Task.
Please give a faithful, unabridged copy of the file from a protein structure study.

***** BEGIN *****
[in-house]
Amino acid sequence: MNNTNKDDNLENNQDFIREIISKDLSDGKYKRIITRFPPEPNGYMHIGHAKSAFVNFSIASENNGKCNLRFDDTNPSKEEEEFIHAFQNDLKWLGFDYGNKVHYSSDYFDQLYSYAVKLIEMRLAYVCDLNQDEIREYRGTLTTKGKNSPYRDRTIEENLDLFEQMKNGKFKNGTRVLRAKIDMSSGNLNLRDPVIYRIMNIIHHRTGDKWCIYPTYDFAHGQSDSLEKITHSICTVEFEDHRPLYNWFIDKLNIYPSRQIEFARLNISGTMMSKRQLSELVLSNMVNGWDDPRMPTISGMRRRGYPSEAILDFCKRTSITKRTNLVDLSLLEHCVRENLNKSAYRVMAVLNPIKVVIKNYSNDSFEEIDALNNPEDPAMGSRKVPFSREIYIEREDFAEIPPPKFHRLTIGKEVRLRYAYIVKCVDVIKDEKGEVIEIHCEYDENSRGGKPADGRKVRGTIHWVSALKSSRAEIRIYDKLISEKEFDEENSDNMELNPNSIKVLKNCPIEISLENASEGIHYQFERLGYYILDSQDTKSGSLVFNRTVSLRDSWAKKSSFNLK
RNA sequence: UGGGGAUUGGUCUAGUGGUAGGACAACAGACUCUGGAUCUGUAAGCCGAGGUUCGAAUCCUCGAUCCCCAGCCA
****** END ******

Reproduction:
[in-house]
Amino acid sequence: MNNTNKDDNLENNQDFIREIISKDLSDGKYKRIITRFPPEPNGYMHIGHAKSAFVNFSIASENNGKCNLRFDDTNPSKEEEEFIHAFQNDLKWLGFDYGNKVHYSSDYFDQLYSYAVKLIEMRLAYVCDLNQDEIREYRGTLTTKGKNSPYRDRTIEENLDLFEQMKNGKFKNGTRVLRAKIDMSSGNLNLRDPVIYRIMNIIHHRTGDKWCIYPTYDFAHGQSDSLEKITHSICTVEFEDHRPLYNWFIDKLNIYPSRQIEFARLNISGTMMSKRQLSELVLSNMVNGWDDPRMPTISGMRRRGYPSEAILDFCKRTSITKRTNLVDLSLLEHCVRENLNKSAYRVMAVLNPIKVVIKNYSNDSFEEIDALNNPEDPAMGSRKVPFSREIYIEREDFAEIPPPKFHRLTIGKEVRLRYAYIVKCVDVIKDEKGEVIEIHCEYDENSRGGKPADGRKVRGTIHWVSALKSSRAEIRIYDKLISEKEFDEENSDNMELNPNSIKVLKNCPIEISLENASEGIHYQFERLGYYILDSQDTKSGSLVFNRTVSLRDSWAKKSSFNLK
RNA sequence: UGGGGAUUGGUCUAGUGGUAGGACAACAGACUCUGGAUCUGUAAGCCGAGGUUCGAAUCCUCGAUCCCCAGCCA